Dec 28, 2017

End of the year report

(c) Land of the Leopard
(c) Land of the Leopard

In the last days of the passing year we muse about the success in the accomplishment of our highly important mission to protect the Amur leopards. And the most important part of this success belongs to you, our dedicated supporter!

Your donations were used to provide field support to the rangers’ team of the Land of the Leopard national park. From October through December 2017, rangers conducted 70 anti-poaching patrols and covered 690 km on foot patrols!

It is worth mentioning that in October people mostly concentrated around the spawning rivers compared with other months when people also went into the forest.

After a number of ambushes on the Barabashevka River, the team succeeded in detention of three violators who illegally set fishing net and caught five chum salmon. A criminal case was initiated upon the violators under the article 256 of Criminal Code of the Russian Federation. The patrol was a success thanks to the use of a quadcopter. While operating a drone, purchased by Phoenix, the rangers spotted a group of people on the right river bank and promptly arrived on the scene.

On October 13-15, the team conducted joint patrols with colleagues from other anti-poaching teams in order to patrol along Barabashevka and Narva rivers.  During these three days, over 20 administrative citations were issued and one criminal case was initiated.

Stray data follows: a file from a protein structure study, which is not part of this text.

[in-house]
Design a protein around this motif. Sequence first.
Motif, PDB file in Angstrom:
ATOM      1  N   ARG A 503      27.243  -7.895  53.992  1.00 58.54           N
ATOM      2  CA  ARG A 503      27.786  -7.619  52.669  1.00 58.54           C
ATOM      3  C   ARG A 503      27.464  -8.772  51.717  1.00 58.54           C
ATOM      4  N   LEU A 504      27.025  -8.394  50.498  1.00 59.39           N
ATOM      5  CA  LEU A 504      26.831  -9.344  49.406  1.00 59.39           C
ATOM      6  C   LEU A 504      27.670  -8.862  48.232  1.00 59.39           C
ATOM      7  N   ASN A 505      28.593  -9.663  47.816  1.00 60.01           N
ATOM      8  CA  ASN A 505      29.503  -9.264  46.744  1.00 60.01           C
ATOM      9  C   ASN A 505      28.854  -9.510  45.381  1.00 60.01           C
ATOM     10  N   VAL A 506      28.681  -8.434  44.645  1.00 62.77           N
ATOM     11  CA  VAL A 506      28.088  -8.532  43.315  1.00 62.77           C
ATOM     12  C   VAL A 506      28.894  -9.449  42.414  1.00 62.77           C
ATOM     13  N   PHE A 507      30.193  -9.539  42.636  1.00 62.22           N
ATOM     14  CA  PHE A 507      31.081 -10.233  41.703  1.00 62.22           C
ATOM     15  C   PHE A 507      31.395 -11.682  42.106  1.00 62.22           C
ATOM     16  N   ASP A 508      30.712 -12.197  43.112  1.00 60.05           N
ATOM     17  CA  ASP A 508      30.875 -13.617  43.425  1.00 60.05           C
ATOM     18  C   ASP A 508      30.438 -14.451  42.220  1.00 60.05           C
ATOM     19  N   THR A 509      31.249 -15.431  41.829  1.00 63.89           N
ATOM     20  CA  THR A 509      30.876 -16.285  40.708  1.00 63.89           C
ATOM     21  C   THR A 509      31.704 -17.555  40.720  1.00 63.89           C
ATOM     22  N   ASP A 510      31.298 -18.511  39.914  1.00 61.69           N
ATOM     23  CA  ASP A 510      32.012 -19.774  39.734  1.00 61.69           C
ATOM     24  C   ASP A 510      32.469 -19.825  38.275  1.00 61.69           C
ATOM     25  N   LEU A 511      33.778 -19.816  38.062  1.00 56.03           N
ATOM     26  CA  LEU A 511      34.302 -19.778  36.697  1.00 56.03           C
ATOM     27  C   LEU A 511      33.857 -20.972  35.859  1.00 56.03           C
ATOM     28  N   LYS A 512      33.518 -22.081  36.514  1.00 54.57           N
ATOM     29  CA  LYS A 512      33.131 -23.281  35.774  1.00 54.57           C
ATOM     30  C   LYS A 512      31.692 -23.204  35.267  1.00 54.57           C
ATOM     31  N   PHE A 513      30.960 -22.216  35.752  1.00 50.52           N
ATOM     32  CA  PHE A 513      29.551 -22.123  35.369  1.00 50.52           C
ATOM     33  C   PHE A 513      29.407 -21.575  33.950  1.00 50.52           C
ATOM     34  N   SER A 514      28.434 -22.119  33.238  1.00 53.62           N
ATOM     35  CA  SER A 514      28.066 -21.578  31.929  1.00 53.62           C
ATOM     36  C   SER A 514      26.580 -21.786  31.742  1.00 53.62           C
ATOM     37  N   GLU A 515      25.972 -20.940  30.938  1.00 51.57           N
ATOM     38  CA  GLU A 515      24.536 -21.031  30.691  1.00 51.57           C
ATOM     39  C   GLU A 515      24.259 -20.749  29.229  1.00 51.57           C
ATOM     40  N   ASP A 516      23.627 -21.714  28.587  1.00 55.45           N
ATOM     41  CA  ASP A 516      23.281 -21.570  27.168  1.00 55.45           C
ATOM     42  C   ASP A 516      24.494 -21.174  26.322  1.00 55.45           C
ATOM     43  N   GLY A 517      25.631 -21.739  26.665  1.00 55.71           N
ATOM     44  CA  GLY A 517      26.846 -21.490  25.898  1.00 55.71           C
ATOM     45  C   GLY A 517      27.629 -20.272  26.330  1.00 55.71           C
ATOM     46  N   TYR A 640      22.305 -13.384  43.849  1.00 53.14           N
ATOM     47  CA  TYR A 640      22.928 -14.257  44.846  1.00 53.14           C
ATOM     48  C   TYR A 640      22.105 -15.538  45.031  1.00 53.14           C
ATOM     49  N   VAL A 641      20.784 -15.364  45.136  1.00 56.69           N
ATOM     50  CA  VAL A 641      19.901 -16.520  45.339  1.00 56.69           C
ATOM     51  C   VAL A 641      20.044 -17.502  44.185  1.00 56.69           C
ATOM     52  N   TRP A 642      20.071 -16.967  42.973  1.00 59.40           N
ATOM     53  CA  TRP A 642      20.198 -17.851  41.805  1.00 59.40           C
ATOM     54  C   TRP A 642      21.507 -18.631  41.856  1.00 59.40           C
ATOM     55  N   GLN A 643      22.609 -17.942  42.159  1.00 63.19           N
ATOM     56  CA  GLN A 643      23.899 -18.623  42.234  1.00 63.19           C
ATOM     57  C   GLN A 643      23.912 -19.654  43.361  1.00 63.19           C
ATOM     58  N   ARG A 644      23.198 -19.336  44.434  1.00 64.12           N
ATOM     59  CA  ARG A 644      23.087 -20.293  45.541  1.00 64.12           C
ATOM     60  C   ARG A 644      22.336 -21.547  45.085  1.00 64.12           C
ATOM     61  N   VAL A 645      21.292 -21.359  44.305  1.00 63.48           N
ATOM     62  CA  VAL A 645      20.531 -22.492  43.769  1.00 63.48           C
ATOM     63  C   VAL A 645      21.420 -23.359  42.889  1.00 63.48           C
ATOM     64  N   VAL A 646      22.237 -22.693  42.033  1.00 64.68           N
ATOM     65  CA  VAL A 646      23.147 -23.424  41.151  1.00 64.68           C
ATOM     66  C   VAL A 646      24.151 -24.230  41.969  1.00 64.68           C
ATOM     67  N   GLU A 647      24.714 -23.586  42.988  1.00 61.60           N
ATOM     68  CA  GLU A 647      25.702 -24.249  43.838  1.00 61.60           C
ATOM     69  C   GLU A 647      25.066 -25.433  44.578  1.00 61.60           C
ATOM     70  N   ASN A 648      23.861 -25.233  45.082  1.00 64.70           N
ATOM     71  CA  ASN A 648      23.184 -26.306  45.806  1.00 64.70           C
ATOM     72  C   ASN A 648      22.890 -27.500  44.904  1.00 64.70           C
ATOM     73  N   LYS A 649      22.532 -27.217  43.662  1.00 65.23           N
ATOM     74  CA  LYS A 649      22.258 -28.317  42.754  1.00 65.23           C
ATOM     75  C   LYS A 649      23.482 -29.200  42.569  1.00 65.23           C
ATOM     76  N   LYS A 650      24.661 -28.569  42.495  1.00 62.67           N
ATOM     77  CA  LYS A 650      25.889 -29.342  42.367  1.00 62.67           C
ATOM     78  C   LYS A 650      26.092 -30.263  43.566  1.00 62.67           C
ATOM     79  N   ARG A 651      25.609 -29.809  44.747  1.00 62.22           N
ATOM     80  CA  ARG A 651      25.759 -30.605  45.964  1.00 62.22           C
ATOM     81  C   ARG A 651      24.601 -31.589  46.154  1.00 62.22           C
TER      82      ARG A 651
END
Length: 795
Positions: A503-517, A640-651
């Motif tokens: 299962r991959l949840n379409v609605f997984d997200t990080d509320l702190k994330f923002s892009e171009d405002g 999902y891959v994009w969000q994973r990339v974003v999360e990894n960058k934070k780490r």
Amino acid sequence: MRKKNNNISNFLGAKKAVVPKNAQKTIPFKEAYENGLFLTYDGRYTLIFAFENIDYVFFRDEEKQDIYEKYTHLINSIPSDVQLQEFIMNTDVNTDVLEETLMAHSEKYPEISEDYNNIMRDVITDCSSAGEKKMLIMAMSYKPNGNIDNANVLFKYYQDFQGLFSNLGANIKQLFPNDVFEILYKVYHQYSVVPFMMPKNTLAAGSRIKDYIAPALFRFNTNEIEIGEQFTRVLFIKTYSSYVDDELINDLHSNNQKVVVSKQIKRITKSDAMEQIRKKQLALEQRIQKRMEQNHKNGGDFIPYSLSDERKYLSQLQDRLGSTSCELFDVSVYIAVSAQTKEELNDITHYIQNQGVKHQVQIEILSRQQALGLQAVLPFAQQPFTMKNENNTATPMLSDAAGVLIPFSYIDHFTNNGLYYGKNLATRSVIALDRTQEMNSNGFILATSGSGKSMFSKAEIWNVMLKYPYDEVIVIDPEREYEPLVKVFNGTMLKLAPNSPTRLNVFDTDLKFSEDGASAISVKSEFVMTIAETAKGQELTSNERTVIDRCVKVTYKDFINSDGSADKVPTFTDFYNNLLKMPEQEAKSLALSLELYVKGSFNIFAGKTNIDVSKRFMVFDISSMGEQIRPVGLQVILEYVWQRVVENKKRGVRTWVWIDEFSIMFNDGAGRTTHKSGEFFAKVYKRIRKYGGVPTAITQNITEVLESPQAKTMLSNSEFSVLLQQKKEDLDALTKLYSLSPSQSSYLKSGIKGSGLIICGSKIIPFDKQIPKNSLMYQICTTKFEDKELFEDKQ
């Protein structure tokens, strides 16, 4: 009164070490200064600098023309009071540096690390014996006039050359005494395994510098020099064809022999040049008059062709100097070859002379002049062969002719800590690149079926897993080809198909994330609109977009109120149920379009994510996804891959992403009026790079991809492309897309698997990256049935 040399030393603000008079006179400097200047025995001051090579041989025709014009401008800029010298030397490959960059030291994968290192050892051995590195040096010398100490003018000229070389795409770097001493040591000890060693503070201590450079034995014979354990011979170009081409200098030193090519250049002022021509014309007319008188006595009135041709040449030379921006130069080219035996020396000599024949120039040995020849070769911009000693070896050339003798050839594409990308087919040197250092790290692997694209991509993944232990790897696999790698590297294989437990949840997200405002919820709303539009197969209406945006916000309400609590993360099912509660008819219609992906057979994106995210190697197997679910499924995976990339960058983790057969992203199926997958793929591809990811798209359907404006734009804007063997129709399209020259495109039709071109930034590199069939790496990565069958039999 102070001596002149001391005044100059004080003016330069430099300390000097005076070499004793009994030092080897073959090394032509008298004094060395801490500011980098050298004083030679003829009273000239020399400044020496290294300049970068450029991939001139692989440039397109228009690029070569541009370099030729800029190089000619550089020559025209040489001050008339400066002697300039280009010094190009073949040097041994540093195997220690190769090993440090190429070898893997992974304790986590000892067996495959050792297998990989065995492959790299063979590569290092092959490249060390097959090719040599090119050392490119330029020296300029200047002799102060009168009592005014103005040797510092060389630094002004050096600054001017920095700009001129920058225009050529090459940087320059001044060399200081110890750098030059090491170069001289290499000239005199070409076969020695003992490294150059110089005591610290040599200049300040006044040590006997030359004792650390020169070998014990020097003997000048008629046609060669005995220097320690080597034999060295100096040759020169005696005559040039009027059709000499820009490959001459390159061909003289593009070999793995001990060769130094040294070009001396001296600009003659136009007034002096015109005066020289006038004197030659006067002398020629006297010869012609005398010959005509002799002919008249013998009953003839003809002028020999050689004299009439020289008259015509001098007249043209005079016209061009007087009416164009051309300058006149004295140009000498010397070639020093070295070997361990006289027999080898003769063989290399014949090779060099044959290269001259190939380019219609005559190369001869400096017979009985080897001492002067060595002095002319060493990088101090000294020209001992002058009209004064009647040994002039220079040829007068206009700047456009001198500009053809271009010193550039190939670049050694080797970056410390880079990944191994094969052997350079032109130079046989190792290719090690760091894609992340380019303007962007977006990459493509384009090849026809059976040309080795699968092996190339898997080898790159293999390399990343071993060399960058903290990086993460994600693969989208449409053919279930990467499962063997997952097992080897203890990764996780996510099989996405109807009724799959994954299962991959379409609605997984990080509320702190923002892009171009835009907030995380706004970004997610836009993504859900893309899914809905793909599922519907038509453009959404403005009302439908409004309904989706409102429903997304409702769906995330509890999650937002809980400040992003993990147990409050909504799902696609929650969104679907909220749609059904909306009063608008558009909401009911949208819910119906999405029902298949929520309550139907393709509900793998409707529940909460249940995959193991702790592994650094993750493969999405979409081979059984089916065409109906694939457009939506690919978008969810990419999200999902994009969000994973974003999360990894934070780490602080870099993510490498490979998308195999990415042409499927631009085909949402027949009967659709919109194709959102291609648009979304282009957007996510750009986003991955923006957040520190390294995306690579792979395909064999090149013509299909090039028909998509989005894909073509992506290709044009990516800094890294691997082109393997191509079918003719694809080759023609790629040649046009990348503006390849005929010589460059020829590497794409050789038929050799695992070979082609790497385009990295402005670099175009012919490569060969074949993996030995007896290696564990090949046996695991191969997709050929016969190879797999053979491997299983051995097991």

In late October, the team paid much attention to patrols in the forest. Total distance of foot patrols was about 180-200 km. The rangers patrolled in forested areas around Filippovka, Ovchinikovo and Bamburovo villages, on Bezverkhovsky pass and along Barabashevka, Brusya and Narva rivers. As a result, 26 administrative citations were issued and two criminal cases initiated.

In November when the spawning season closed, the rangers turned their attention to woodlands, especially territories with adjoining habitations in order to prevent illegal penetration into the protected area, poaching and other illegal activities.  Special attention was paid to the territories near Ovchinnikovo and Filippovka villages with high-level human activity. There, the team conducted frequent foot patrols and made ambushes at night. Moreover, the team carried out a few foot patrols in Kedrovaya Pad Nature Reserve.

In mid-November after a snowfall, the team patrolled near Bamburovo village and discovered signs of human penetration into the protected area. The rangers paid special attention to that territory, but no violators were detained.

In November, the team conducted a patrol across Gamov Deer Farm in order to examine its territory which is about to become a part of the protected area of the national park and plan activities there. To monitor the territory of the national park, the rangers conducted a few drone flights.

When patrolling around Ovchinnikovo village in December, the rangers discovered tire tacks indicating that people illegally entered the territory by vehicles. To reveal violators and prevent illegal activities, over the course of several days the team made ambushes at night time. Also, special attention was paid to territories around Filippovka village. During one of those patrols, the rangers discovered signs indicating that people with dogs entered the Land of the Leopard National Park allegedly to hunt there illegally. Since then, the team patrolled that territory on a daily basis and prevented a few attempts of poachers to trespass the park’s border.